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The Longest Night

The longest night of the year – the winter solstice. For millennia, humans have been conscious of the way that the earth interacts with the sun, making seasons and days, moving toward and away from the longest night.

Before the advent of electricity, the winter solstice brought a sense of hope that the warmth and light would return, bringing better harvests and more opportunities to enjoy the world around them. On the longest night, there would be hope that the days from then on would grow longer. Ancient peoples hoped that the future would bring easier survival as their food stores became scarce, but the coming seasons would replenish their resources.

But how could we think about these ancient ideas in the modern age? People of all religions and none should give themselves a chance to think about their place in the world on the solstice – that no matter what happens on this earth, the cycle of nights and days changing in length is reliable – yet beyond our control. There are two primary ways to view the winter solstice that I find particularly meaningful.

The first and most popular view is to emphasize the hope that light brings. Light is a symbol of so many “good” things – warmth in the cold, safety in the darkness, knowledge in ignorance, and the brightness of hope. Today, we are surrounded by hatred, ignorance, and confusion that so dominates our age and is symbolized by darkness. The winter solstice reminds us that while all of these dark forces exist, and will continue to do so, there will always be the light to keep the darkness in check.

The second view is to emphasize and appreciate that this is the darkest moment – and that we need darkness to balance our lives. Darkness is not always a symbol of evil, it is also a symbol of simplicity, quiet moments, and contemplation. Unlike people from the far past, we are incessantly surrounded by light:

What was once a dark road is now illuminated by streetlights. 

The screens on our smartphones keep our eyes from experiencing the world around us. 

Our eyes never truly adjust to the dark because we rush to use technology to make sure that we never have difficulty seeing.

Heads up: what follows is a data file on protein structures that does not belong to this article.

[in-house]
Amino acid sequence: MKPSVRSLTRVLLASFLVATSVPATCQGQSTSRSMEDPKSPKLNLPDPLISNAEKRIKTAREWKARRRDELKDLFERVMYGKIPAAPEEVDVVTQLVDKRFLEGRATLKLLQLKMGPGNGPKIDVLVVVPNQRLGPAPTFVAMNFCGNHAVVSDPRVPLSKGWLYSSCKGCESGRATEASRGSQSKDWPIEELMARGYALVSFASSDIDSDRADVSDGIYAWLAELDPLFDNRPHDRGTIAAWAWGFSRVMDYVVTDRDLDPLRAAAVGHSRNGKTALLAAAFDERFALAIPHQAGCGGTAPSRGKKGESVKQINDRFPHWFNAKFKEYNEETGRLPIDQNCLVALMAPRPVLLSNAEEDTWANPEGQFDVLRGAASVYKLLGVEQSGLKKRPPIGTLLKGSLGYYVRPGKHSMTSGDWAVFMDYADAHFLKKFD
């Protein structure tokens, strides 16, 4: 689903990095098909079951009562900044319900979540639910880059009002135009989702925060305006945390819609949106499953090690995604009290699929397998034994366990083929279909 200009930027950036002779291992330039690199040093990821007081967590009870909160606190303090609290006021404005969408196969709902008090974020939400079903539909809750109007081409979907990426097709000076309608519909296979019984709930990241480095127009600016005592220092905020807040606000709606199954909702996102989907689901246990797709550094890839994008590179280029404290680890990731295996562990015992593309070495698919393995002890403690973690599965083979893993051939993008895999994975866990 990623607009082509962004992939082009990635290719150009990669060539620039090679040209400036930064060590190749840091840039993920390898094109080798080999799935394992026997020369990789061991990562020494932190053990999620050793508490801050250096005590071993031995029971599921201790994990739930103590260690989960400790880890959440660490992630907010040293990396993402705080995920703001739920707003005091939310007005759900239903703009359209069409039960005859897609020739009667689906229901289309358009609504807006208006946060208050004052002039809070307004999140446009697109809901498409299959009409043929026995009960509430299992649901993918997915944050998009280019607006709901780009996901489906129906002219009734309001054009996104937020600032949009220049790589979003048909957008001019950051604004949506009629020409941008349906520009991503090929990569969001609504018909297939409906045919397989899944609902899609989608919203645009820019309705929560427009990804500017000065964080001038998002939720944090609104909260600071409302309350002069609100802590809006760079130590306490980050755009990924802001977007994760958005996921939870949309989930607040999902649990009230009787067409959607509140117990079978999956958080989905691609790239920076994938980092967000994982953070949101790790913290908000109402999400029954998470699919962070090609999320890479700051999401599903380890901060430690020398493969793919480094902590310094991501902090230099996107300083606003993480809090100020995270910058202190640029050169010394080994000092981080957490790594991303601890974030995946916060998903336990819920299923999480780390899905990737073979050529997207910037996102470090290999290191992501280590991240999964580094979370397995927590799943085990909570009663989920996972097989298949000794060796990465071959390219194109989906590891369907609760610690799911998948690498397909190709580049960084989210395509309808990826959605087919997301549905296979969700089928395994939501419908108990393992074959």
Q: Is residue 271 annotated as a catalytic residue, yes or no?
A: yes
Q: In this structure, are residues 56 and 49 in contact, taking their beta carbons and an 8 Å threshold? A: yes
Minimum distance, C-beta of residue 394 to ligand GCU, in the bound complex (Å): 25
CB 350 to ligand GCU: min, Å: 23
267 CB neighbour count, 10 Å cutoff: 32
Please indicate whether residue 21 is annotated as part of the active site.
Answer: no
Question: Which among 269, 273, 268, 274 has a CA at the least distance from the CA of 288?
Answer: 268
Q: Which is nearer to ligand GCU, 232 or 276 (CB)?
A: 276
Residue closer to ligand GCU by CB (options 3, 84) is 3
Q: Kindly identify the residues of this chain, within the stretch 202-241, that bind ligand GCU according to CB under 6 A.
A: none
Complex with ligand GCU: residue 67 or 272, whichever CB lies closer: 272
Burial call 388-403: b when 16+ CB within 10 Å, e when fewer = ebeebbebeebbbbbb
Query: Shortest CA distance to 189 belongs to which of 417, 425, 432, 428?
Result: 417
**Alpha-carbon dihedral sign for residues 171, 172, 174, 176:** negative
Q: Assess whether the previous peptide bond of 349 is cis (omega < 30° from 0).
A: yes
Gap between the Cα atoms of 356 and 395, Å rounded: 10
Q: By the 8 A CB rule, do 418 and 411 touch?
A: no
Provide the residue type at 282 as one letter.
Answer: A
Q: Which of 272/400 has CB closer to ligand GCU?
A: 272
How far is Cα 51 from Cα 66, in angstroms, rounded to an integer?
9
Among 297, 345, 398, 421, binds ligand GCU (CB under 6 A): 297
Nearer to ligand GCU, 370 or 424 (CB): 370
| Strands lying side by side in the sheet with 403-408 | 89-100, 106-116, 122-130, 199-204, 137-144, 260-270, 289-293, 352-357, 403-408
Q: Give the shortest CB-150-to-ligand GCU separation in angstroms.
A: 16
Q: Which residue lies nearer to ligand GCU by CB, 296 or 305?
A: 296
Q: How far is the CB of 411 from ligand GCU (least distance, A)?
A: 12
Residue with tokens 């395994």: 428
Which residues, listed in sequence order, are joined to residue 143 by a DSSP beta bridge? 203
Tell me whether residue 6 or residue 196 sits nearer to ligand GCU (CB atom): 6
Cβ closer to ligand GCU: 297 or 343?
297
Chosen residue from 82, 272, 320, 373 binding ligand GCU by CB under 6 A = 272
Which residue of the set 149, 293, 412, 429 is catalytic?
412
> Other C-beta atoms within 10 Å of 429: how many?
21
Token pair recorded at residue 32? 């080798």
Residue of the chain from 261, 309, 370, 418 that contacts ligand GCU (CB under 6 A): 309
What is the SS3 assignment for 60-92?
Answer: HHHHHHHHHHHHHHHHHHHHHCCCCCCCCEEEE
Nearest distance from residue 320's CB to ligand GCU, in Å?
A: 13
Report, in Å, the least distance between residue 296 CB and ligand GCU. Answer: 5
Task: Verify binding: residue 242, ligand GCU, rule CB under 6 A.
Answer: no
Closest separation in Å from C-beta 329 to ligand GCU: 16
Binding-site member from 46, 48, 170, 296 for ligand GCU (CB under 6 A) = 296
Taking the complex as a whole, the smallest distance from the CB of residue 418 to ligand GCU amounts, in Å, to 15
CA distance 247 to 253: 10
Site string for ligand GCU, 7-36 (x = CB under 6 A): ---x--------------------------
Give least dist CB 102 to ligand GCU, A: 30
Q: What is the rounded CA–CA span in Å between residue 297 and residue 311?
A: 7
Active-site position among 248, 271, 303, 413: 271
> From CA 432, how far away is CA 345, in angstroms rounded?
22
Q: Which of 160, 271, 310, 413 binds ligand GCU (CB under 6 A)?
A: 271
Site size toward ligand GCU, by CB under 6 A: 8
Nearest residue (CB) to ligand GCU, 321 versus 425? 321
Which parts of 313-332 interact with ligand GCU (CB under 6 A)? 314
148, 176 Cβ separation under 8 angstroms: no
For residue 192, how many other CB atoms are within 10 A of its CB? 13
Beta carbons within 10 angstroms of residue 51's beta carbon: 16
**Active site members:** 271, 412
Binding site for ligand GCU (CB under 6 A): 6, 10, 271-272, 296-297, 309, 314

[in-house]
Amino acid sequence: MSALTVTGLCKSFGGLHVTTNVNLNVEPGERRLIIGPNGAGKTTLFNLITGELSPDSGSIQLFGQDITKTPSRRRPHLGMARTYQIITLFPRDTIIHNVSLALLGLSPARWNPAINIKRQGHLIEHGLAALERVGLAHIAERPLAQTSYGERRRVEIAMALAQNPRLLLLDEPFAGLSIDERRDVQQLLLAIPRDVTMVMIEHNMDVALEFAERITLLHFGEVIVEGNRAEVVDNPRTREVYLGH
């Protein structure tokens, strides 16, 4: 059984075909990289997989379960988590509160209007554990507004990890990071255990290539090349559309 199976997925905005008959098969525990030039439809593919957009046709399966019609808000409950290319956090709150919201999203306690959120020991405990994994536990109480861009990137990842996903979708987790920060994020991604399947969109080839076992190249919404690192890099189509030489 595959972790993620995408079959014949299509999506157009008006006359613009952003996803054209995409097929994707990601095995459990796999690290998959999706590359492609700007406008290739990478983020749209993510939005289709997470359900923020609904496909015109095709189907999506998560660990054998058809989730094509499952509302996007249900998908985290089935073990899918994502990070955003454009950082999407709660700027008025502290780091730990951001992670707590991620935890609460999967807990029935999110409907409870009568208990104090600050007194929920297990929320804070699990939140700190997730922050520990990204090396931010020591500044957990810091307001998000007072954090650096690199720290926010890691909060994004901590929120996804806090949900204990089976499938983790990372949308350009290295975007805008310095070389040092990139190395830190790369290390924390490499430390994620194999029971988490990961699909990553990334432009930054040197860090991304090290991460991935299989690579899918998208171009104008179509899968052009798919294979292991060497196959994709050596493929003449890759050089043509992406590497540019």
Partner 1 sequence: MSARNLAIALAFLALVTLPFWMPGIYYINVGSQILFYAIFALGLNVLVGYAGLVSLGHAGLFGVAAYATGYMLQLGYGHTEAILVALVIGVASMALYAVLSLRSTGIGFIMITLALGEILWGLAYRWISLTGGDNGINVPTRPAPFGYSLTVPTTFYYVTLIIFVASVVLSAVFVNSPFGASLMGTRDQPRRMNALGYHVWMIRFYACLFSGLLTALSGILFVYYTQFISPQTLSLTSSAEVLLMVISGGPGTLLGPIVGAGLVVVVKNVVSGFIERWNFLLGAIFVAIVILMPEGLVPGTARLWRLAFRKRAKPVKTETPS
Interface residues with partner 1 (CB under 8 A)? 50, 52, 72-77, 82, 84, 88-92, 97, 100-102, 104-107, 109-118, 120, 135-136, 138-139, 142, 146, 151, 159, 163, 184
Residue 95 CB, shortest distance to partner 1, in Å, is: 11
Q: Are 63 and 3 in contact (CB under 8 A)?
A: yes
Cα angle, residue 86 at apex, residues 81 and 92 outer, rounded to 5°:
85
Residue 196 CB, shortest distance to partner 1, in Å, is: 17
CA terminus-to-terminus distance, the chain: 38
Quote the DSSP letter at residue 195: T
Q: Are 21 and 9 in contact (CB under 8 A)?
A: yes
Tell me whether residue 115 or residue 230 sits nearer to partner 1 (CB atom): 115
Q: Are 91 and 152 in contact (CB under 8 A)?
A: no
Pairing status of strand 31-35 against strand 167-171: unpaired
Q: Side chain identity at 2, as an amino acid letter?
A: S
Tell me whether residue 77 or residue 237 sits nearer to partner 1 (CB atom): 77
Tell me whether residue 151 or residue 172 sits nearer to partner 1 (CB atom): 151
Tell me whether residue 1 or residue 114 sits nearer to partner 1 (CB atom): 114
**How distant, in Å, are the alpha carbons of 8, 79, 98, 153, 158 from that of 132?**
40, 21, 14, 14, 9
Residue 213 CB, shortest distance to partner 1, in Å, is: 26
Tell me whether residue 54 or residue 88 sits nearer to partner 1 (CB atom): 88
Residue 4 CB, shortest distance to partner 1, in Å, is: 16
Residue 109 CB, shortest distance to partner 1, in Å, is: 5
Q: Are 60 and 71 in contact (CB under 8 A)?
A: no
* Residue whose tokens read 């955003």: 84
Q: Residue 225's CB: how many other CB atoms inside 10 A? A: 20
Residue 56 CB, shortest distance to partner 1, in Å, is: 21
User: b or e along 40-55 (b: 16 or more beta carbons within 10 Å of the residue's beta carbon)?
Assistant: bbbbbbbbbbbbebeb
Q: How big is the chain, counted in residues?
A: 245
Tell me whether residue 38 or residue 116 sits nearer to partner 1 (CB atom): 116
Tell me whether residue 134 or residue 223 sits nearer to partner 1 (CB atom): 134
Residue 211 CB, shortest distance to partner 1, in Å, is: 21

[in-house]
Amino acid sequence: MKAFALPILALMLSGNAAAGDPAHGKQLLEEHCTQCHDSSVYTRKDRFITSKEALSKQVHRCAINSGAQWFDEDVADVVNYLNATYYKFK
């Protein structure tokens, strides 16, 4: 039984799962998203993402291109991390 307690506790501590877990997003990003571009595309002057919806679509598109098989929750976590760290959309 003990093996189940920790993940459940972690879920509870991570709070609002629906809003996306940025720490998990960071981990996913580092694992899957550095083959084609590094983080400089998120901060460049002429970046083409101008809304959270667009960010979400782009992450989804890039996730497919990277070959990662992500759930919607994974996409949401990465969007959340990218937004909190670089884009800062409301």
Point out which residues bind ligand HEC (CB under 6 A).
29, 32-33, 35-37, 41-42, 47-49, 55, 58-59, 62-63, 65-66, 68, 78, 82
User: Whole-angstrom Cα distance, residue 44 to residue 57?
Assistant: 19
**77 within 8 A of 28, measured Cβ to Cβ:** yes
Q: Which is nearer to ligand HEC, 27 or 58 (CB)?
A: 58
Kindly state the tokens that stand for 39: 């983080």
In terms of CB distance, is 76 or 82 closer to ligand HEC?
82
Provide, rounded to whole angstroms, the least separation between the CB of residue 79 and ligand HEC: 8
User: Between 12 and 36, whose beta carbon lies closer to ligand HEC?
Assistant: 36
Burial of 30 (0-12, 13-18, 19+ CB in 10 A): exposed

The world’s information is at our fingertips and we sometimes lose our sense of wonder.

Even the city lights blot out the stars in the sky.

Without darkness, light can create new problems. Darkness helps us to see clearly when we have been blinded by the light. It helps us to appreciate the simple things in life and helps us achieve clarity needed to contemplate the world. Continuous light can be emotionally, spiritually, and physically draining, while the dark can be deeply meditative, as it is where we find our rest and solace from the ever-busy days. 

Many of the world’s religious traditions have practices that encourage adherents to engage and interact with this darkness, such as the first and fifth Muslim prayers, Buddhist meditations, Jewish Shabbat, and Neopagans with moon phases. Remaining conscious of the continuous cycle of dark and light keeps us grounded. We would do well to remember that there would be no light without darkness, and no darkness without light.

During this winter solstice, take a moment to appreciate the balance of light and darkness by paying special attention to the beauty of darkness. On this longest night, unplug from technology. Use a candle to light your path. Look at the night sky, and feel your connection to the millions of people who have seen that same sky. After you have taken a moment to appreciate the darkness, then take a moment to appreciate the return of the light with others.

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